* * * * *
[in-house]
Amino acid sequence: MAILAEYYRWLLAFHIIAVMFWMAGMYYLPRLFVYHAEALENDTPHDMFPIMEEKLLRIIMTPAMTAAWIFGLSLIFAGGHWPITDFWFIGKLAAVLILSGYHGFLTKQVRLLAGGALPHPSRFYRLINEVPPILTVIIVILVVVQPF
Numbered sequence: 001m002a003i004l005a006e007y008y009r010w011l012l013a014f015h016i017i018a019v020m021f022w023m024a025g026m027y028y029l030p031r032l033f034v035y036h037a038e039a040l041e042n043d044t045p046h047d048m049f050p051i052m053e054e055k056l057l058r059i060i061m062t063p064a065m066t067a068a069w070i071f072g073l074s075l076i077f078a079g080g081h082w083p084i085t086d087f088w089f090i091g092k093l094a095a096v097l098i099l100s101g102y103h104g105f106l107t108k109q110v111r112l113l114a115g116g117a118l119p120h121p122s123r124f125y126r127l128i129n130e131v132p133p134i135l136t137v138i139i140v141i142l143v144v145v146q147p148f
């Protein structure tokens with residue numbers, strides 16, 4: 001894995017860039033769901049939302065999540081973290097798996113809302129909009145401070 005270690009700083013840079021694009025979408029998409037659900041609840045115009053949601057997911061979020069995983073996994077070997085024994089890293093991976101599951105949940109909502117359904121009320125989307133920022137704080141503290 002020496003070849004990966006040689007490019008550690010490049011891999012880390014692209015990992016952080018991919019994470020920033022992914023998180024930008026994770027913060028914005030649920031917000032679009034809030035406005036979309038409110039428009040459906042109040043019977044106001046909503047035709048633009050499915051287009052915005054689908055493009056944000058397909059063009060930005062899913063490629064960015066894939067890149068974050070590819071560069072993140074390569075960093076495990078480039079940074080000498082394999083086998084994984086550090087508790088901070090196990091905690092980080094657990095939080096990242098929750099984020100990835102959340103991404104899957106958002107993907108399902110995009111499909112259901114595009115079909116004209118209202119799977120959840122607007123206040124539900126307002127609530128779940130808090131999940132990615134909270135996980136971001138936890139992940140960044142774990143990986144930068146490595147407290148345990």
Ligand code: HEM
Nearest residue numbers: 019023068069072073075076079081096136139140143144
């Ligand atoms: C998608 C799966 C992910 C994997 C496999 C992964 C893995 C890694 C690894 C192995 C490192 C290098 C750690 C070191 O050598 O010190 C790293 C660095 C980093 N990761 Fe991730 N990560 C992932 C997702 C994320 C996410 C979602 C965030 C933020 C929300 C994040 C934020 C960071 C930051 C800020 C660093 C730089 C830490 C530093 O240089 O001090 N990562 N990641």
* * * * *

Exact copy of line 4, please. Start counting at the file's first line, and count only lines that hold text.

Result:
């Protein structure tokens with residue numbers, strides 16, 4: 001894995017860039033769901049939302065999540081973290097798996113809302129909009145401070 005270690009700083013840079021694009025979408029998409037659900041609840045115009053949601057997911061979020069995983073996994077070997085024994089890293093991976101599951105949940109909502117359904121009320125989307133920022137704080141503290 002020496003070849004990966006040689007490019008550690010490049011891999012880390014692209015990992016952080018991919019994470020920033022992914023998180024930008026994770027913060028914005030649920031917000032679009034809030035406005036979309038409110039428009040459906042109040043019977044106001046909503047035709048633009050499915051287009052915005054689908055493009056944000058397909059063009060930005062899913063490629064960015066894939067890149068974050070590819071560069072993140074390569075960093076495990078480039079940074080000498082394999083086998084994984086550090087508790088901070090196990091905690092980080094657990095939080096990242098929750099984020100990835102959340103991404104899957106958002107993907108399902110995009111499909112259901114595009115079909116004209118209202119799977120959840122607007123206040124539900126307002127609530128779940130808090131999940132990615134909270135996980136971001138936890139992940140960044142774990143990986144930068146490595147407290148345990």